The new regulation might seem like no big deal. After all, it merely requires that employers step out of the way and allow their female workers to get abortions — some time off, but nothing drastic like forcing Christian business owners to actually fund the ending of an unborn life, right?  

But the EEOC’s twisted interpretation of the legislation still violates religious liberty. Forcing an employer to grant “accommodation” — however small — to what Christians rightly view as murder, as the ending of a defenseless human life, is already a step too far.

Sure, the EEOC said it would “consider religious objections to providing abortion accommodations on a case-by-case basis.” But it is hard to believe that Christians with religious objections will find much sympathy under an administration that touts its “achievements” in its perfervid “fight for reproductive freedom.”

And it is easy to imagine Christian employers getting targeted with reputational hit jobs and threats of lawsuits for supposed discrimination against female employees wanting to get an abortion.

Such radical changes would normally be passed by Congress though the legislative process, with all the attendant debate and media spotlight. But it is much easier to have a federal agency change a rule than to get 535 factional members of Congress to agree on something, thereby outflanking the pesky issue of public opinion.

The EEOC itself admitted how divisive the measure is, stating that it “received approximately 54,000 comments…urging the Commission to exclude abortion from the definition of ‘pregnancy, childbirth, or related medical conditions.’ The Commission also received approximately 40,000 comments…supporting the inclusion of abortion in the definition of ‘pregnancy, childbirth, or related medical conditions.’”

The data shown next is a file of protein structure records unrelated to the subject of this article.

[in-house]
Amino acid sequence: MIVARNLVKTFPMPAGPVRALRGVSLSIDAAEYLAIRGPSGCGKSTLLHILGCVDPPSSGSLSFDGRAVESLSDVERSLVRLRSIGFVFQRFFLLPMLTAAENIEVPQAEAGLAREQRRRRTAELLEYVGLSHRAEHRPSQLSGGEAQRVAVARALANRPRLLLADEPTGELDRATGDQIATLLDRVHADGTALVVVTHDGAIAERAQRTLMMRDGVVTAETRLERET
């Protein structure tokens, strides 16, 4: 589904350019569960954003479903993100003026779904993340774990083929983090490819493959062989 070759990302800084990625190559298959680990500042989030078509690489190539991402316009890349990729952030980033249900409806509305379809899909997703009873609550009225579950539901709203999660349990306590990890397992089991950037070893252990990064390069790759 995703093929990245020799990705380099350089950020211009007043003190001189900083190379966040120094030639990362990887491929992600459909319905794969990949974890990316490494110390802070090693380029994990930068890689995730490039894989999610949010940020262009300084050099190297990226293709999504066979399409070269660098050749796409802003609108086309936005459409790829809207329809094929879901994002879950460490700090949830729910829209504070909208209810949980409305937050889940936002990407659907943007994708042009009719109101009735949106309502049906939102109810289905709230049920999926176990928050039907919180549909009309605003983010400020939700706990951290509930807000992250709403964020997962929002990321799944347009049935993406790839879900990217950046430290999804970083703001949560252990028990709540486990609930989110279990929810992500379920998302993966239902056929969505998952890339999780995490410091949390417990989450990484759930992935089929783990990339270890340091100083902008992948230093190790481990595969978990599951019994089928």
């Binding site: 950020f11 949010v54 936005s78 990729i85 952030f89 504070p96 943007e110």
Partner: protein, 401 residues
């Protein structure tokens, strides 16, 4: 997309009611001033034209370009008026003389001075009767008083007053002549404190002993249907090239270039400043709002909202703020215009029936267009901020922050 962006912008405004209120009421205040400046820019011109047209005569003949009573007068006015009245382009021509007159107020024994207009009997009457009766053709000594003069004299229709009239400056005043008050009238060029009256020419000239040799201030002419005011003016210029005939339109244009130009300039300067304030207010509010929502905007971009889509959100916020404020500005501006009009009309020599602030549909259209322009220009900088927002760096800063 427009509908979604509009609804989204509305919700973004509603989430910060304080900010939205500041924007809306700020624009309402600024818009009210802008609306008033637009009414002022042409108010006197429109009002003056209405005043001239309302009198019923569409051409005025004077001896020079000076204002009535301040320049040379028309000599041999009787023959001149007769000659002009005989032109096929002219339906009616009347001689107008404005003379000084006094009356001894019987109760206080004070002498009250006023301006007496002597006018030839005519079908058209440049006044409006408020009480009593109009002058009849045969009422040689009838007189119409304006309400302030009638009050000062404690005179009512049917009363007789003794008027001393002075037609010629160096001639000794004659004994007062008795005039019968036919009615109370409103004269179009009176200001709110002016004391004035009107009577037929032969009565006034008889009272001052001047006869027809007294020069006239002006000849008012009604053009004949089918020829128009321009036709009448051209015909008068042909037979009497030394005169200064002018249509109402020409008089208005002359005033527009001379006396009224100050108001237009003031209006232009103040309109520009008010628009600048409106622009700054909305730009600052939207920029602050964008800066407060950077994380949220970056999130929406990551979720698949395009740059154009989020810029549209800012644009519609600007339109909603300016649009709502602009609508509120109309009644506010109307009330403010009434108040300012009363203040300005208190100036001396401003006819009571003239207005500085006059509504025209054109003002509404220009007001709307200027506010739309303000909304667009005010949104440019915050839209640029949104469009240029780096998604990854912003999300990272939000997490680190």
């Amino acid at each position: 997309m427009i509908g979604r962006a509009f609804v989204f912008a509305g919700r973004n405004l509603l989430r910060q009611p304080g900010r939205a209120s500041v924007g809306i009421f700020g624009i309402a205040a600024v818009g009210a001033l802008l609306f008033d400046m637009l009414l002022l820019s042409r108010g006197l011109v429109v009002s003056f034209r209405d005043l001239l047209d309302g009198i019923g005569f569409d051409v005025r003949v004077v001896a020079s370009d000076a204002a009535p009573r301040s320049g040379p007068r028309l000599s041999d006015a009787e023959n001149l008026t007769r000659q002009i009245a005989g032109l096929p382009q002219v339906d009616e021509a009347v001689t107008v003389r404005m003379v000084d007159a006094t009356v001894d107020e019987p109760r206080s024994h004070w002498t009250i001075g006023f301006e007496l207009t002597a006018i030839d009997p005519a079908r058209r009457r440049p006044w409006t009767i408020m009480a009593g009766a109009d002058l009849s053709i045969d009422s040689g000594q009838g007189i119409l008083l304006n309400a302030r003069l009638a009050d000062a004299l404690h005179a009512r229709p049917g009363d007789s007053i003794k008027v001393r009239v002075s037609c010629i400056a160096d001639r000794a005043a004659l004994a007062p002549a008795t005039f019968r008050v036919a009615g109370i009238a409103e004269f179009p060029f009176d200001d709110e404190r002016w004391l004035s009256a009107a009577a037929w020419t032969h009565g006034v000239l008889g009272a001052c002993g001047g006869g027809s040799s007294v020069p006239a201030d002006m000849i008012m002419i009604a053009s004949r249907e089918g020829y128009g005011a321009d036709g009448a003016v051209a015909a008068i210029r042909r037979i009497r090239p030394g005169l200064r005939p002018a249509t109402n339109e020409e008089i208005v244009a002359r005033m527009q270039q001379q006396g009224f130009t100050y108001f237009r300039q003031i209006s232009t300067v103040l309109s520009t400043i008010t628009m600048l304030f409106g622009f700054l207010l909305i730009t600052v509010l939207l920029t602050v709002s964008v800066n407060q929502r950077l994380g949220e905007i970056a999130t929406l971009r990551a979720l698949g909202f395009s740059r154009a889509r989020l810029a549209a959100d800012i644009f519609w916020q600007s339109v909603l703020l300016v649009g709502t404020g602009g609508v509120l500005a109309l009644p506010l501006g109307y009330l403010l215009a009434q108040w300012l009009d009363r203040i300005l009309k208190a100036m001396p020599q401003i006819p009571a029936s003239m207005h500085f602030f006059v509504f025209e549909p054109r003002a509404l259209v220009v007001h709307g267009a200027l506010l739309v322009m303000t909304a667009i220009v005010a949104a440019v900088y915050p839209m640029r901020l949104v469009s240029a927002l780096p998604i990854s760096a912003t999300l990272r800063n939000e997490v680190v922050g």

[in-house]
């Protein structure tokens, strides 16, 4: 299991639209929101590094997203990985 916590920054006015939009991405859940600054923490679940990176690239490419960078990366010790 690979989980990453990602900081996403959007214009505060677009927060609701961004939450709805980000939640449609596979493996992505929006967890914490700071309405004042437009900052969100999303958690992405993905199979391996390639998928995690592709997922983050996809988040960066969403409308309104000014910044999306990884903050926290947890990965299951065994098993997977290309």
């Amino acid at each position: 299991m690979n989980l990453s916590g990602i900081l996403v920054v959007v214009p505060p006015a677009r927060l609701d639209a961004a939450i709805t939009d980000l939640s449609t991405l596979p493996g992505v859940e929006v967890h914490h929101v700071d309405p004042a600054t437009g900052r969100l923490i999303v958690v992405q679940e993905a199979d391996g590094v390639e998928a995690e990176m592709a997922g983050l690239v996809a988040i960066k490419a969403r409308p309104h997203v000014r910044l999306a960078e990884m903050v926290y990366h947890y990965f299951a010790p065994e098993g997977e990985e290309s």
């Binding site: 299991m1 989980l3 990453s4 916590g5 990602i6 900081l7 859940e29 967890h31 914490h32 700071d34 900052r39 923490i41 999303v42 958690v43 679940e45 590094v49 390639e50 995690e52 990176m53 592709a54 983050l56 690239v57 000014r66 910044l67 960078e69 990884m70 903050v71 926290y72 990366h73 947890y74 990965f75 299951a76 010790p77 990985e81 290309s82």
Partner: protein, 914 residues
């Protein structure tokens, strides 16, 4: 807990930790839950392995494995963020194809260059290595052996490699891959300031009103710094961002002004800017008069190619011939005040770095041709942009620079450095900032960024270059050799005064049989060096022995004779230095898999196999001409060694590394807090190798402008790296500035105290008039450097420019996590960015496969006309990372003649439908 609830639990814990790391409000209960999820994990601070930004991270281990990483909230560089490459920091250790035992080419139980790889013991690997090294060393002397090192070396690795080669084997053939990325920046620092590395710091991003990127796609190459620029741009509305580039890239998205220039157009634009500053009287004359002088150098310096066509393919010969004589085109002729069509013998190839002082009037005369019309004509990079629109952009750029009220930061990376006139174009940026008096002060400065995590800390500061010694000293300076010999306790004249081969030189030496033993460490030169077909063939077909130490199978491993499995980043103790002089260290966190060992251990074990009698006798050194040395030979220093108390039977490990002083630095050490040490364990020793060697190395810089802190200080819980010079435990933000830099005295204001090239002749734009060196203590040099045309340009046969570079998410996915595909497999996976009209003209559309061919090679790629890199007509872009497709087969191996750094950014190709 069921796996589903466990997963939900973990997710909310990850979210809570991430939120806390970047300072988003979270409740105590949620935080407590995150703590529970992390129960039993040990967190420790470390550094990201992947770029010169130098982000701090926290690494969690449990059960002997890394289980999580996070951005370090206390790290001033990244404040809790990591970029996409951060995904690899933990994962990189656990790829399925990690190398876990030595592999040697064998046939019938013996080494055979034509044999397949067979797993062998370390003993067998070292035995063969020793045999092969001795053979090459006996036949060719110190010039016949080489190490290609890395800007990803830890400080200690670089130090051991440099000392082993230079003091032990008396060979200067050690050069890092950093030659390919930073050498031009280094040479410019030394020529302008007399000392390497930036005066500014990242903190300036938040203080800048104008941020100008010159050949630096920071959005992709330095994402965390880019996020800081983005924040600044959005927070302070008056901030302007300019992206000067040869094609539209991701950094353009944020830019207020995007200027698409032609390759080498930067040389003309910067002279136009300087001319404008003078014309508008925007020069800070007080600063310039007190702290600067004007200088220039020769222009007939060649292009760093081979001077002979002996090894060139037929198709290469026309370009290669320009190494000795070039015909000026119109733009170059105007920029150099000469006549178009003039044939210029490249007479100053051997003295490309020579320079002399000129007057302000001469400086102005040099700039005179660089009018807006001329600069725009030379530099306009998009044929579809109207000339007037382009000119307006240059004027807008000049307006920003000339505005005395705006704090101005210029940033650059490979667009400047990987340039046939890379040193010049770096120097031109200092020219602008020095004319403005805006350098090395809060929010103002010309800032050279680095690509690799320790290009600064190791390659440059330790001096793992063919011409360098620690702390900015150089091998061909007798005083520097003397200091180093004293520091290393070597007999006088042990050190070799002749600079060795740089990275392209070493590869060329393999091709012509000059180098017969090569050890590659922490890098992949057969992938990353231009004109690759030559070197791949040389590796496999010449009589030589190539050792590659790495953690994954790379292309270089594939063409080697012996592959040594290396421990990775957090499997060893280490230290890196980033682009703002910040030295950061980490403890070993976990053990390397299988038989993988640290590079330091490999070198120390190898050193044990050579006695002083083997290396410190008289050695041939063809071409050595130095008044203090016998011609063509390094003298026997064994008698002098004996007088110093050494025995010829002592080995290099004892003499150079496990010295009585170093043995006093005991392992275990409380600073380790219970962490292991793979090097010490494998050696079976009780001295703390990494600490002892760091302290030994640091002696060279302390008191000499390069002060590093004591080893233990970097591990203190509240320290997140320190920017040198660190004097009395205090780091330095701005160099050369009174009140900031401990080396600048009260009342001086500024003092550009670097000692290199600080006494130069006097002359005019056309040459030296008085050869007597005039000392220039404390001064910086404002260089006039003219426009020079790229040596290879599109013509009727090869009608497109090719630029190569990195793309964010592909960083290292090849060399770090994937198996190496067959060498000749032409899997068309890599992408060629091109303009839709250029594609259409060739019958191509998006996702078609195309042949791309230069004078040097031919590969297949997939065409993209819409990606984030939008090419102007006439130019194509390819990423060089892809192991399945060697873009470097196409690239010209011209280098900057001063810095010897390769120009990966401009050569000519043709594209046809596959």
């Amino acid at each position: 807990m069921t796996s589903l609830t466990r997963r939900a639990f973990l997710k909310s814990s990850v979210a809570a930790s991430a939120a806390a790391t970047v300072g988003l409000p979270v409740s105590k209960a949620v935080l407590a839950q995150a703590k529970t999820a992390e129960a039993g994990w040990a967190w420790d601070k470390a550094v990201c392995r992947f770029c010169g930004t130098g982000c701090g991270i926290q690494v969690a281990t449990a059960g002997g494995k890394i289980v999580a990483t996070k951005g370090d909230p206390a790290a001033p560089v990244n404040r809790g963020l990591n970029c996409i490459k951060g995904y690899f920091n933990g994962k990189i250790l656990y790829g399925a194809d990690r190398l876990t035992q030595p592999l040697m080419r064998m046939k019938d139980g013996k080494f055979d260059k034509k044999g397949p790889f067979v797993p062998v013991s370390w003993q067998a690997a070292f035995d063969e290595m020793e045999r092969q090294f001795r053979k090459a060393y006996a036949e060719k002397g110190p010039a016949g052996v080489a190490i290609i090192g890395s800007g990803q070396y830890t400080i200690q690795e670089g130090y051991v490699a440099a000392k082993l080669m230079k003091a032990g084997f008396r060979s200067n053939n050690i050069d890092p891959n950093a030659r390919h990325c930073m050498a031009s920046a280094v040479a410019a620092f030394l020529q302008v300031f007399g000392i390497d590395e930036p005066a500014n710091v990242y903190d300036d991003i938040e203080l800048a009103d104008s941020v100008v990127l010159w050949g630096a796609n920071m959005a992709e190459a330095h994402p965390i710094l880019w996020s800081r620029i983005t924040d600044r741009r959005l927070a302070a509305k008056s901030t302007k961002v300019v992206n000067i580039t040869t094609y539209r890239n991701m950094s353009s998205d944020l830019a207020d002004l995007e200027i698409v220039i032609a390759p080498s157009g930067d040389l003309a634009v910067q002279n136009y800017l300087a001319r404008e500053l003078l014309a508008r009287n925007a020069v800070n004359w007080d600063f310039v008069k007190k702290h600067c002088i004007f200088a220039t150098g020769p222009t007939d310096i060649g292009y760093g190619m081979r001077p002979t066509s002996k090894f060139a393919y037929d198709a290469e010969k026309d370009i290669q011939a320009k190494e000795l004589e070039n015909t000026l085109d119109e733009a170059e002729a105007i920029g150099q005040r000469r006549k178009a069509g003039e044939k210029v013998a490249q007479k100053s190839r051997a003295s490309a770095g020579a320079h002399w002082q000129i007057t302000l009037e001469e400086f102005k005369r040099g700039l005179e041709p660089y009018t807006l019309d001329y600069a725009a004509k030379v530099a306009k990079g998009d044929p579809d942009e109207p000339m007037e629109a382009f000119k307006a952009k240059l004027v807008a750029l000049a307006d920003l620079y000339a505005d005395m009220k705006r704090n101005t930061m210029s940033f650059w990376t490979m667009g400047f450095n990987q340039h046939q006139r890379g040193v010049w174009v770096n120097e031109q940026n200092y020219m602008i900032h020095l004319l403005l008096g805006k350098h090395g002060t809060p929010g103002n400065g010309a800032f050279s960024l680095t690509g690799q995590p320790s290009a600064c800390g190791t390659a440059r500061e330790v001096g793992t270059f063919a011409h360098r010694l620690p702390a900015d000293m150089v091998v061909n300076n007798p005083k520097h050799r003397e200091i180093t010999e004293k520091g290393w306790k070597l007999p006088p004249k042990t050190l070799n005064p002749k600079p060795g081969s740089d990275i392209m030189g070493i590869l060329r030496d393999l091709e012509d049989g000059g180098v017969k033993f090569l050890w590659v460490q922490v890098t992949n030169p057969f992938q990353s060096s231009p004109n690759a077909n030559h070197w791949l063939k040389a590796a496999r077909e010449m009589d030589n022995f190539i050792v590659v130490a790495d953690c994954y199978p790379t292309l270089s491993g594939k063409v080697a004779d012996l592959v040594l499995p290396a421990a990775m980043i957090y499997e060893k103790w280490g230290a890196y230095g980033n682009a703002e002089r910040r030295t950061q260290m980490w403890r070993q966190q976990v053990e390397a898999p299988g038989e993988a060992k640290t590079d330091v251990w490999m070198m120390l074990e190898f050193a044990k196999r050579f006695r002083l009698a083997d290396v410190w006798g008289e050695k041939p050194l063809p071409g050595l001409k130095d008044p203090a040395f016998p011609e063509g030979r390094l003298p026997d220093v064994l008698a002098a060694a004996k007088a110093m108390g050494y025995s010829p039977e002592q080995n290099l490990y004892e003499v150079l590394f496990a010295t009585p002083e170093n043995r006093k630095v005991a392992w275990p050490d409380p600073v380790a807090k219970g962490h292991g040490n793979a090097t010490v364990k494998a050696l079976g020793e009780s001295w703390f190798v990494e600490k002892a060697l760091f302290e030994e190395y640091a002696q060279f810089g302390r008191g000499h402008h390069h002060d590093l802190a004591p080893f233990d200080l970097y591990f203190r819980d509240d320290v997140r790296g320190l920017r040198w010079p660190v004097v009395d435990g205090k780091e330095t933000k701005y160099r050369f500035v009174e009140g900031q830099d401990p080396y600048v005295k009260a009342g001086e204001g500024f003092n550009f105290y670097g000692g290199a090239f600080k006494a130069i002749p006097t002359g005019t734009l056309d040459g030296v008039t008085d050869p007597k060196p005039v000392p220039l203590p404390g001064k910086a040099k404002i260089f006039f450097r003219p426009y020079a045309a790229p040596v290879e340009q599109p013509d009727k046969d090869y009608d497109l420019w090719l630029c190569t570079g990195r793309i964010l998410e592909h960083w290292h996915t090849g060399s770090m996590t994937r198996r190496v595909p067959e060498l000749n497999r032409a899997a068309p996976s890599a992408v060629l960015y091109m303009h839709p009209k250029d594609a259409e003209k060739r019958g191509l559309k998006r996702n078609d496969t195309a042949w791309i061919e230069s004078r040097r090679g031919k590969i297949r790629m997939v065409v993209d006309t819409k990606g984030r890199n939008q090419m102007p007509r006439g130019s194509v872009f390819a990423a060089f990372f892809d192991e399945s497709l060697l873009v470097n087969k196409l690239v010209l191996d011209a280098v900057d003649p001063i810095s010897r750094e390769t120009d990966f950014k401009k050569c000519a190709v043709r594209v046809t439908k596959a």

Putting aside the fact that the pro-life comments outnumbered the pro-abortion comments, the polarized nature of the public opinions the EEOC received demonstrates that such a divisive issue should not be left in the hands of unelected bureaucrats.

The right to life is sacred and enshrined in the Bible — including unborn life. David rejoices that God “formed my inward parts; [He] knitted me together in my mother’s womb” (Psalm 139:13), and the Prophet Isaiah states that “the LORD, your Redeemer . . . formed you from the womb” (Isaiah 44:24).

The Psalmist also delivers a rebuke for those who pass unjust edicts: “Can wicked rulers be allied with you, those who frame injustice by statute? They band together against the life of the righteous and condemn the innocent to death” (Psalm 94:20-21).

The EEOC’s new regulation is undoubtedly a wicked, unjust statute. It not only enables the murder of precious human life formed in the womb by God but it also forces Christians who deeply hold to such verses to either violate their conscience — or potentially lose their business.